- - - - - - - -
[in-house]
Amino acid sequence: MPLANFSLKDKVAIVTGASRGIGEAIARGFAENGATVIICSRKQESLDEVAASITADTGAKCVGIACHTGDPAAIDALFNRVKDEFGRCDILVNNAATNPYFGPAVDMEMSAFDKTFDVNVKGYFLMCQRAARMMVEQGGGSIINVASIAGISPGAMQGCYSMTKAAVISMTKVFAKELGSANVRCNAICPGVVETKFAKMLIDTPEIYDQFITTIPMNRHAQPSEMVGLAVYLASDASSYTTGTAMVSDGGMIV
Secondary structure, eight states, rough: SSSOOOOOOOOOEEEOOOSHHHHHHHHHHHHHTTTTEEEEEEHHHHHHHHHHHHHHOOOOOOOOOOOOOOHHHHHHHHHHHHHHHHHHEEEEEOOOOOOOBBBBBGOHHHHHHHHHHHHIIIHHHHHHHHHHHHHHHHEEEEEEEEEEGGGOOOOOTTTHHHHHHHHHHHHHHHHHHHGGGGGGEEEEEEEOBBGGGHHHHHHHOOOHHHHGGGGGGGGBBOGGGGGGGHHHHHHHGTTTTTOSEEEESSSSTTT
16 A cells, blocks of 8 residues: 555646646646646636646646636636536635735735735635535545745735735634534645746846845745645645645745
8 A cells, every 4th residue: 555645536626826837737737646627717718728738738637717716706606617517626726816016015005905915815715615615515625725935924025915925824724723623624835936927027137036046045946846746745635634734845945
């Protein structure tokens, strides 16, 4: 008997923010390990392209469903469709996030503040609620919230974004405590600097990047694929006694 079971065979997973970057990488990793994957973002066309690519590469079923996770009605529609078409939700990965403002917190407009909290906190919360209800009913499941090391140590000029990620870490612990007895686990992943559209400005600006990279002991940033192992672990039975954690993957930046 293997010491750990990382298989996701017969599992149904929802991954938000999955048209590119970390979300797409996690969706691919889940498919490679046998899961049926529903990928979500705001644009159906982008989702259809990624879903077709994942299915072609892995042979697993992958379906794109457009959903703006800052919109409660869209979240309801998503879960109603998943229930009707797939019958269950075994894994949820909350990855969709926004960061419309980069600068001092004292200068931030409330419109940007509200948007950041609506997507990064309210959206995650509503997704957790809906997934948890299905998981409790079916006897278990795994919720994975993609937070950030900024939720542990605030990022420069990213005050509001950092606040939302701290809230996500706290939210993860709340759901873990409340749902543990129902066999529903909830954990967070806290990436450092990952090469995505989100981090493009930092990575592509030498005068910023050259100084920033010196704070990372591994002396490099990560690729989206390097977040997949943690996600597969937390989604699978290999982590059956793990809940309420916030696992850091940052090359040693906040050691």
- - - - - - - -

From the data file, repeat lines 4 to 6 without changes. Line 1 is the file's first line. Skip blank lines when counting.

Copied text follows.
16 A cells, blocks of 8 residues: 555646646646646636646646636636536635735735735635535545745735735634534645746846845745645645645745
8 A cells, every 4th residue: 555645536626826837737737646627717718728738738637717716706606617517626726816016015005905915815715615615515625725935924025915925824724723623624835936927027137036046045946846746745635634734845945
């Protein structure tokens, strides 16, 4: 008997923010390990392209469903469709996030503040609620919230974004405590600097990047694929006694 079971065979997973970057990488990793994957973002066309690519590469079923996770009605529609078409939700990965403002917190407009909290906190919360209800009913499941090391140590000029990620870490612990007895686990992943559209400005600006990279002991940033192992672990039975954690993957930046 293997010491750990990382298989996701017969599992149904929802991954938000999955048209590119970390979300797409996690969706691919889940498919490679046998899961049926529903990928979500705001644009159906982008989702259809990624879903077709994942299915072609892995042979697993992958379906794109457009959903703006800052919109409660869209979240309801998503879960109603998943229930009707797939019958269950075994894994949820909350990855969709926004960061419309980069600068001092004292200068931030409330419109940007509200948007950041609506997507990064309210959206995650509503997704957790809906997934948890299905998981409790079916006897278990795994919720994975993609937070950030900024939720542990605030990022420069990213005050509001950092606040939302701290809230996500706290939210993860709340759901873990409340749902543990129902066999529903909830954990967070806290990436450092990952090469995505989100981090493009930092990575592509030498005068910023050259100084920033010196704070990372591994002396490099990560690729989206390097977040997949943690996600597969937390989604699978290999982590059956793990809940309420916030696992850091940052090359040693906040050691």